Tuesday, September 18, 2012
David Carey Miller (Aberdeen) has posted Public Access to Private Land in Scotland (Potchefstroom Electronic Law Journal) on SSRN. Here's the abstract:
article attempts to understand the radical reform of Scottish land law
in its provision for a general right of public access to private land
introduced in 2003 as part of land reform legislation, an important
aspect of the initial agenda of the Scottish Parliament revived in 1999.
The right is to recreational access for a limited period and the right
to cross land. Access can be taken only on foot or by horse or bicycle.
As a starting point clarification of the misunderstood pre-reform position is attempted. The essential point is that Scots common law does not give civil damages for a simple act of trespass (as English law does) but only a right to obtain removal of the trespasser. Under the reforms the longstanding Scottish position of landowners allowing walkers access to the hills and mountains becomes a legal right.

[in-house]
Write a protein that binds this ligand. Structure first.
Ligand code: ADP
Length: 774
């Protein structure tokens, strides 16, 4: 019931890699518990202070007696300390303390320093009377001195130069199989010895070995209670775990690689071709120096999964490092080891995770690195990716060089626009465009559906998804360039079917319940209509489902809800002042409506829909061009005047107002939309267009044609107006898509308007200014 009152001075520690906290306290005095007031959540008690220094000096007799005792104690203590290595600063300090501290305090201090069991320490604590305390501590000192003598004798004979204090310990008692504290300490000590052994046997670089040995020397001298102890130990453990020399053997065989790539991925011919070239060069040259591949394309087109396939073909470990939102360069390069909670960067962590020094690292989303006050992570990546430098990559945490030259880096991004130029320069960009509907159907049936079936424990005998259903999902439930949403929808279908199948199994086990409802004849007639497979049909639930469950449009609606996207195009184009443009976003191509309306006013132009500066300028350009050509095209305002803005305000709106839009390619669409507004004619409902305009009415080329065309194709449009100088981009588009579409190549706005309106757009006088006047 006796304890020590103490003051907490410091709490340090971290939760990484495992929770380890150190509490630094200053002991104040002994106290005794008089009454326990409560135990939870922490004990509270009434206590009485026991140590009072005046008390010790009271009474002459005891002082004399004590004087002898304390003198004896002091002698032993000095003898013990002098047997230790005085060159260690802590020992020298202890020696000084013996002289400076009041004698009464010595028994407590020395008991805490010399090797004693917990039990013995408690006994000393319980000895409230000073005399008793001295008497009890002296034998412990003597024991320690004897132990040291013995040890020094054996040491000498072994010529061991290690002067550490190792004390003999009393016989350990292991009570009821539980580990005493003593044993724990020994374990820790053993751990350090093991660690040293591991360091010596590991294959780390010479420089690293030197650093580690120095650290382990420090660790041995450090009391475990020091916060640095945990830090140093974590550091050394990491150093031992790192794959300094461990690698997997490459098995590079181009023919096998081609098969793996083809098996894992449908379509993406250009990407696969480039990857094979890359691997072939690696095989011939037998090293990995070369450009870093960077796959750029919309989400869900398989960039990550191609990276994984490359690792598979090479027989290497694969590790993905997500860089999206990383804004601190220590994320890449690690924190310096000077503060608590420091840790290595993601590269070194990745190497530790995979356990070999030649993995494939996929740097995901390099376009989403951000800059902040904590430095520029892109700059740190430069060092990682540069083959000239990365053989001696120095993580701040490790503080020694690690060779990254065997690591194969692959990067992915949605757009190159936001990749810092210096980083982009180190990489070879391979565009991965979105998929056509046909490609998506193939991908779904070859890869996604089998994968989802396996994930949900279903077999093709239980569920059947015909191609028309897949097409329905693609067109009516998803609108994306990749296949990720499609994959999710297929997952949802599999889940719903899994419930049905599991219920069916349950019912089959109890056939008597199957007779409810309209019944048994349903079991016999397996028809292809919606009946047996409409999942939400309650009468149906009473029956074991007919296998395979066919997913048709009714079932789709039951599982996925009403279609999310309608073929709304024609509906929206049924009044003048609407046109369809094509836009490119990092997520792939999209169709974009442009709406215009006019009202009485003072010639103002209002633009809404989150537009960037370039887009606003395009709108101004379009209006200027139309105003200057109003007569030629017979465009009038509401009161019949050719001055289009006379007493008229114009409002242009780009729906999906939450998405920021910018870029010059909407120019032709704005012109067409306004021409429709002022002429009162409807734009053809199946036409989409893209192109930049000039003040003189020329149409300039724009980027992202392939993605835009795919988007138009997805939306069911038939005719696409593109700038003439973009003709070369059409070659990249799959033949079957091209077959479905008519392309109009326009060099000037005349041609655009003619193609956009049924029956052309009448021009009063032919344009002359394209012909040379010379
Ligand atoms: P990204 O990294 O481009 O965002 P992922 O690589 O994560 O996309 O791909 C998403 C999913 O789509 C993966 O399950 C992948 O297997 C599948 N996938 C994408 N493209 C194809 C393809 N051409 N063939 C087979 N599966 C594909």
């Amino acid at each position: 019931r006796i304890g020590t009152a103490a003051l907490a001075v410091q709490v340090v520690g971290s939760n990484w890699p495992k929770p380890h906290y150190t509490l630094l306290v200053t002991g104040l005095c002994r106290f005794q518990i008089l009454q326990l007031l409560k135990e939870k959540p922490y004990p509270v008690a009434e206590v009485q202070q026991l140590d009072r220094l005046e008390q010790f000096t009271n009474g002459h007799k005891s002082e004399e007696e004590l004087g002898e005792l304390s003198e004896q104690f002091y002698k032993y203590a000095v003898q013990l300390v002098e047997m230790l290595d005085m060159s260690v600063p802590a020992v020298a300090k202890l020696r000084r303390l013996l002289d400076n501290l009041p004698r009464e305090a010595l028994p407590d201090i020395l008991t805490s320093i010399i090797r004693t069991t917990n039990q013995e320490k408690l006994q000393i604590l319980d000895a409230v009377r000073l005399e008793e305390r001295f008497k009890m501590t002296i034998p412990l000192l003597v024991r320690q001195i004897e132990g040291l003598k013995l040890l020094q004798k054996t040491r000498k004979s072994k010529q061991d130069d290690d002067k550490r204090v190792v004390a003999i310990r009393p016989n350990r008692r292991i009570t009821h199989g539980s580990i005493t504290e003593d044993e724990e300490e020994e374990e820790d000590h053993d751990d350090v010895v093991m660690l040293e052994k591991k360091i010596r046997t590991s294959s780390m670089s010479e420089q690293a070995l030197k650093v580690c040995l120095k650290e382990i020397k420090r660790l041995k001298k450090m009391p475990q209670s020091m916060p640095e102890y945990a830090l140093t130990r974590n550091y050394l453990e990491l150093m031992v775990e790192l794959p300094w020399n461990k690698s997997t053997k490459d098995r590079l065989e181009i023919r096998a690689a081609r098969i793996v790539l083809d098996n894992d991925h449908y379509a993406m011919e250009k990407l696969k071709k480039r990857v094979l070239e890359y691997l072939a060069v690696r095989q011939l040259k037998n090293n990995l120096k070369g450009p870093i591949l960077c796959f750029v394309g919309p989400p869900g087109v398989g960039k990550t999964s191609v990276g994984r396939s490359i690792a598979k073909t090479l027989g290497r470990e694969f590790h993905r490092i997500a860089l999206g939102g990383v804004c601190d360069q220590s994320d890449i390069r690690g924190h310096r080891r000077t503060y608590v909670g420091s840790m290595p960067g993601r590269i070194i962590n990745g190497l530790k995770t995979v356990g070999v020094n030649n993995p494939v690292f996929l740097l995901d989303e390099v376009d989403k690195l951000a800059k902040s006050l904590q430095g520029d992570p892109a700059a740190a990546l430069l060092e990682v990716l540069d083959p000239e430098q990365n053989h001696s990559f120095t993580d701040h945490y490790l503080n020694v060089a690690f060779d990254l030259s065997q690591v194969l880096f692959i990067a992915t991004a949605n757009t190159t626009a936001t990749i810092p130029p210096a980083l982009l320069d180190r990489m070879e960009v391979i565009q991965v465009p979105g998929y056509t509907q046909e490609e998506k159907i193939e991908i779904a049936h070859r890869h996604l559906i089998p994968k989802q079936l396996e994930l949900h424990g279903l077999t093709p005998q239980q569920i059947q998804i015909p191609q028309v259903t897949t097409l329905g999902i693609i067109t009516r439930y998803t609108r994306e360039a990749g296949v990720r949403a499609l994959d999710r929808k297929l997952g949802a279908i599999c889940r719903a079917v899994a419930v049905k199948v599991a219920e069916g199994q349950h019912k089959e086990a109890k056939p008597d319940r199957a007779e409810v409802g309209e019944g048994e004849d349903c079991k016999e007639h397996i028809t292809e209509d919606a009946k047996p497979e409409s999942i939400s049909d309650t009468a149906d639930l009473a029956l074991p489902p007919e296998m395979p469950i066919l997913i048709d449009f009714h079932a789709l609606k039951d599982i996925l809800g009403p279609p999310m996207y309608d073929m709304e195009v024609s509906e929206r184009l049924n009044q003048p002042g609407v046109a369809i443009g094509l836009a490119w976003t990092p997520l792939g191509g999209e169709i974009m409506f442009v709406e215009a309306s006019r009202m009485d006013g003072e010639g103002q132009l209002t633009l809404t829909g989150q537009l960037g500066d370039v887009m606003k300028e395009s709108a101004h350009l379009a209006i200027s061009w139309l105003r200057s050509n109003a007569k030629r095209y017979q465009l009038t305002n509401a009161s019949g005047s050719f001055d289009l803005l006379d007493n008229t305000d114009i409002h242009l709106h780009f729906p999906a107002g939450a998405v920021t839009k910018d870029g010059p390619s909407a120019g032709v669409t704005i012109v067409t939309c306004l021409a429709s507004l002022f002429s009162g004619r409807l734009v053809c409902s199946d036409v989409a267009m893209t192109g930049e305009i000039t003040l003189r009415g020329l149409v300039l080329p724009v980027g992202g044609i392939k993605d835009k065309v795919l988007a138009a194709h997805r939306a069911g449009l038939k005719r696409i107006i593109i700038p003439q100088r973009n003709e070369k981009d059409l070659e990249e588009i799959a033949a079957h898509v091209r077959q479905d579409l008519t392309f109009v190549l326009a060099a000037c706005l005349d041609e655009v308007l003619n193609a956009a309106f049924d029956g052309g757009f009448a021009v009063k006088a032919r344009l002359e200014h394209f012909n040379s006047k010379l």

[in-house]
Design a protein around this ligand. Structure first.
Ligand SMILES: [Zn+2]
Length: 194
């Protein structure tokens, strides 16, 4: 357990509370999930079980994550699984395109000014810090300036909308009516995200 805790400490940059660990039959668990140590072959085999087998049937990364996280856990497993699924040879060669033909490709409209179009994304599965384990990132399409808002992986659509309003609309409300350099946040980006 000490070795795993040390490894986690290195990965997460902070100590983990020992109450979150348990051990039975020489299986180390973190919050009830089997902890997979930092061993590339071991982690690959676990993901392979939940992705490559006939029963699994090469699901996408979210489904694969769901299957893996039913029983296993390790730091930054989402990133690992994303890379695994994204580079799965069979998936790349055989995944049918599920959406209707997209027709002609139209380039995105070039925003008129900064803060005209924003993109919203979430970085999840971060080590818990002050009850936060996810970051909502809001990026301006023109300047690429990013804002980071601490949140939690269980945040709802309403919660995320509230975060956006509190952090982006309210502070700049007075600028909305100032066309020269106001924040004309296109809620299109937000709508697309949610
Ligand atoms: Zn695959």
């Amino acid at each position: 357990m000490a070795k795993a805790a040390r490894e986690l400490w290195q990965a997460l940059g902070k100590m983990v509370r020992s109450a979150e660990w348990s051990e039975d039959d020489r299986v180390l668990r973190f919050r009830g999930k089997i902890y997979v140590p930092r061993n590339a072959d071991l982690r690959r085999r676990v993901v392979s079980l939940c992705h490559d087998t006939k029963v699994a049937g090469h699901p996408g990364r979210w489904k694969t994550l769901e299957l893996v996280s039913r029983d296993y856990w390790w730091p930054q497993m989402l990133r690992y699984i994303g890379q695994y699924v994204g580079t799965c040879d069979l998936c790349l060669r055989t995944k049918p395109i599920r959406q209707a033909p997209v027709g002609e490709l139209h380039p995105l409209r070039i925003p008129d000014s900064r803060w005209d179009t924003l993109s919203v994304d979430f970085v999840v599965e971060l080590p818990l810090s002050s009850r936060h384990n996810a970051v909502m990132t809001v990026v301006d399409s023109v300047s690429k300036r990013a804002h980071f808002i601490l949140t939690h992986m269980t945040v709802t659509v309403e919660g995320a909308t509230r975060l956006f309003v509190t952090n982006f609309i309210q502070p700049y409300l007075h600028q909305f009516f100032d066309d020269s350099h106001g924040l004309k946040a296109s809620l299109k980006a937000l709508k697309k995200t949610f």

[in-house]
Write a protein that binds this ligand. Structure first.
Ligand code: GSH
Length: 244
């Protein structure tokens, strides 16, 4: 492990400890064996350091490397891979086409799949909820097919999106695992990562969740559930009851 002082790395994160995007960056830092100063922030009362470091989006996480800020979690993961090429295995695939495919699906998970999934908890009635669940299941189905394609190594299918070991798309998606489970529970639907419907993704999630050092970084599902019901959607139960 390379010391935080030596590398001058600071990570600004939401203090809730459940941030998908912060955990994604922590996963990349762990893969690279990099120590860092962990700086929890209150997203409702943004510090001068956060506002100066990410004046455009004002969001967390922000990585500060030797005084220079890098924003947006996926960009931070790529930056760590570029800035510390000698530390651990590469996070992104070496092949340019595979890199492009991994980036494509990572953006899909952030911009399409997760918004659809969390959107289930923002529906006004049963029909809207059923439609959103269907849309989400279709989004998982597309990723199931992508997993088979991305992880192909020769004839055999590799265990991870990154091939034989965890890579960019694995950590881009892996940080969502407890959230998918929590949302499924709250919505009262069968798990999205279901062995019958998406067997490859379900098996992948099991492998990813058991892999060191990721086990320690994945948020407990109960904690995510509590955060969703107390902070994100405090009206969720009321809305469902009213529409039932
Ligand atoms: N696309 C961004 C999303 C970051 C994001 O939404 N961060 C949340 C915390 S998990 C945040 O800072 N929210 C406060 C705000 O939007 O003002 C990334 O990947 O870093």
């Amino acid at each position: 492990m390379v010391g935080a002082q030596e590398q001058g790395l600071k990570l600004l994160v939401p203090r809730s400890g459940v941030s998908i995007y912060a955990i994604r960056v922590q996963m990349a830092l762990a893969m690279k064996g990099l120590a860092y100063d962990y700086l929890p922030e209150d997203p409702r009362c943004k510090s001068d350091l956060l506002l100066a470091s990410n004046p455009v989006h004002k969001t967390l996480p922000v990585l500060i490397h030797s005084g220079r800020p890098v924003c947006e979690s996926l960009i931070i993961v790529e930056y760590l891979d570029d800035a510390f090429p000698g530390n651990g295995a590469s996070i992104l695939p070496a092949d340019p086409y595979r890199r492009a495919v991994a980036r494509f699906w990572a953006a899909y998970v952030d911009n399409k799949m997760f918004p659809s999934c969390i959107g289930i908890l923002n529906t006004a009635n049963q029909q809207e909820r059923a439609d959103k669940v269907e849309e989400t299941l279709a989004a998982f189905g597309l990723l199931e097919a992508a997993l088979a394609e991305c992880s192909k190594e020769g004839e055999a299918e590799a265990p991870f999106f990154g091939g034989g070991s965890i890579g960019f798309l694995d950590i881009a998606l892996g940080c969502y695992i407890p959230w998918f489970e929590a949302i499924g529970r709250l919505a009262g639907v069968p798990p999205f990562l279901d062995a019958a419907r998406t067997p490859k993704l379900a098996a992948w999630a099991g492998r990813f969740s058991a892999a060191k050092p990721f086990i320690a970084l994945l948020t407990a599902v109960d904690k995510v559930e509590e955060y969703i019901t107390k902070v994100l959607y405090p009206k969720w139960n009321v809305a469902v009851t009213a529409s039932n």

A critical aspect of the new right is that it is one of responsible access; provided a landowner co-operates with the spirit and system of the Act access can be denied on the basis that it is not being exercised responsibly. But the onus is on the landowner to show that the exercise of the right is not responsible.
Although the right applies to all land a general exception protects the privacy of a domestic dwelling. Early case law suggests that the scope of this limit depends upon particular circumstances although reasonable 'garden ground' is likely to be protected. There are various particular limits such as school land.
Compliance with the protection of property under the European Convention on Human Rights is discussed. The article emphasizes the latitude, open to nations, for limitations to the right of ownership in land in the public interest. The extent of the Scottish access inroad illustrates this. This leads to the conclusion that 'land governance' – the subject of the Potchefstroom Conference at which the paper was initially presented – largely remains a matter for domestic law; the lex situs concept is alive and well.